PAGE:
Planning an eco friendly Christmas
This week’s Change the World Wednesday challenge sees us planning ahead for Christmas / Yule.
I don’t know about you, but finding gifts that delight the recipient whilst engaging your own values can be challenging, unless all your friends and families are from camp ‘earth friendly’.
I like to think that as I’m maturing in years I’m getting more tolerant. More live and let live. In that past I have been belligerent, by getting people lovely eco friendly gifts that I have loved, but which in all honesty has been a total waste of money. I’ve felt it was pearls before swine. So yes, you can see I can still be belligerent, intolerant, judgmental but I try to temper it. Life is sweeter that way…
Gifting for adults is pretty straight forward. Think edible or plantable and you’re pretty much onto a winner. Alternatively give a stressed parent a night out while you babysit, a trip to the theatre, a meal out or a massage voucher. IOUs rock and as EcoGrrl mentioned in a comment over on Reduce Footprints, asking yourself “How can I make them feel good?” is just about the most amazing gift you can give…
Gifting for my elders is a breeze and a joy. Pick them up, bundle them in a car and take them for a drive through the forest on a beautiful autumn day and you’ll create a memory they’ll be sharing at coffee mornings for weeks to come. Ok, there are a few carbon emissions, but it’s not some mindless piece of plastic crap that will end up broken in a minute.
Bake them some shortbread or make them a lavender bottle; something that reminds them of their childhood and their smile will light up the room.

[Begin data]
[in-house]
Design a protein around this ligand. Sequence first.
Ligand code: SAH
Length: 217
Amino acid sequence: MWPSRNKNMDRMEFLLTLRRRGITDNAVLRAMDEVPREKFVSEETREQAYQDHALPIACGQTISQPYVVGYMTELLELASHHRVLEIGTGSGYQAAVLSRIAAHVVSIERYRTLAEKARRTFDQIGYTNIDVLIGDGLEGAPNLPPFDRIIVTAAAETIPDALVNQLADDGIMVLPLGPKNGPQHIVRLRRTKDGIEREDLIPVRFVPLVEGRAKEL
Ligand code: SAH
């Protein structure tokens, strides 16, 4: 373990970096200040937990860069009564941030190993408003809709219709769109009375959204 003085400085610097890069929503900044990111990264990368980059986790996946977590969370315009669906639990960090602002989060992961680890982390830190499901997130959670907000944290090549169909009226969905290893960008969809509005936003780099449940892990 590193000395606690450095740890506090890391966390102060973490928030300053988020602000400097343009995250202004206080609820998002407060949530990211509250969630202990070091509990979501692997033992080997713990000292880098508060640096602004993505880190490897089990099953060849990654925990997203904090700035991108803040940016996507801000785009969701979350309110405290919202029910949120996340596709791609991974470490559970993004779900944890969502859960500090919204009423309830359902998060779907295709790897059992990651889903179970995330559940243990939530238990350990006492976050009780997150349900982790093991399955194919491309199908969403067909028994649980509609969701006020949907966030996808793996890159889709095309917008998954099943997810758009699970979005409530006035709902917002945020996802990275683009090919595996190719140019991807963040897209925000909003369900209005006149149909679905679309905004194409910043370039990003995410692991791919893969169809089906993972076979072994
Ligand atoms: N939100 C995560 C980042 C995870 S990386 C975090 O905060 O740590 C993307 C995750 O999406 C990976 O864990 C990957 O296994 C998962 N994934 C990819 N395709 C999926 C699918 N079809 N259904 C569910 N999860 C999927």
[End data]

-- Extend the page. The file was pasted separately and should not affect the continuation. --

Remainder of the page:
Taking an hour a week to pop around for a cup of tea and a chat – it’s kids in a sweetshop syndrome all over…
But buying for other people’s (mainstream) children is quite a different thing.
Heck, buying for my OWN kid is challenging because her values are getting more and more different to mine.
Now that Little Miss Green is in school, is a tween, is watching a little TV at friend’s houses and seeing ads in magazines, my ‘sustainable’ lifestyle is harder to maintain when it comes to gift giving.
She values ‘more’. It doesn’t matter of what, but MORE counts.
I prefer one carefully selected gift that will be cherished.
She’s a ‘quick fix’ gal. She likes the hit of something new, even if it’s discarded or traded with friends in a few days.
I know! Can you IMAGINE how hard this is for me to share?
I soothe myself by telling myself she’s a natural Buddhist with no attachment to anything which is why she can acquire and let go quickly…
Ok, maybe not.
So back to other people’s children. In the past I bought hand crafted, open – ended wooden toys for them. I never received a thank you and I never saw the toy again. IN fact all I received was strange looks which went along the lines of “What IS this piece of crap?”
Now I’ve switched to giving money or store vouchers. Is that a cop out? Am I basically saying ‘go out and buy what you want but because I’m not the one buying the piece of plastic I know you’re going to buy my conscience is clear’? Or am I being ‘tolerant’ and meeting someone where they are at?
Books are a good thing for kids, but some of my friend’s children hate reading. So giving them a book isn’t a gift at all.
Clothes is ok, but not all children see clothes as a gift, they see it more of a necessity.
Sweets and chocolate? Which parent is going to thank you for that?
So after all of this I’m really not sure I have an answer. I seem to run around in circles and as I don’t personally celebrate Christmas it’s all a bit of a challenge for me. I honour that other people celebrate by giving them, what I hope, are well thought out gifts and cards. I wouldn’t mind buying Christmas presents so much if Christmas MEANT something to the recipients. But for nearly all the people I hang out with, there is not an ounce of Christianity in Christmas, it’s all about excess – excess food, drink and presents so it detracts from the meaning even more.
And as my beautiful girl grows up and forms her own opinions on things we have to compromise.
We celebrate Yule and bring lots of meaning and reverence into the day. But we still have ‘gift giving’ as a big part of that day to satisfy Little Miss Green’s needs at this time. I don’t want to be bah humbug about it all, but I DO want some respect for Mother Nature, who provides all that we need, during the celebrations. I want HER to be honoured and revered, not the banks and corporations.
What about you? What does Christmas look like in your household?
Readers of this page also viewed: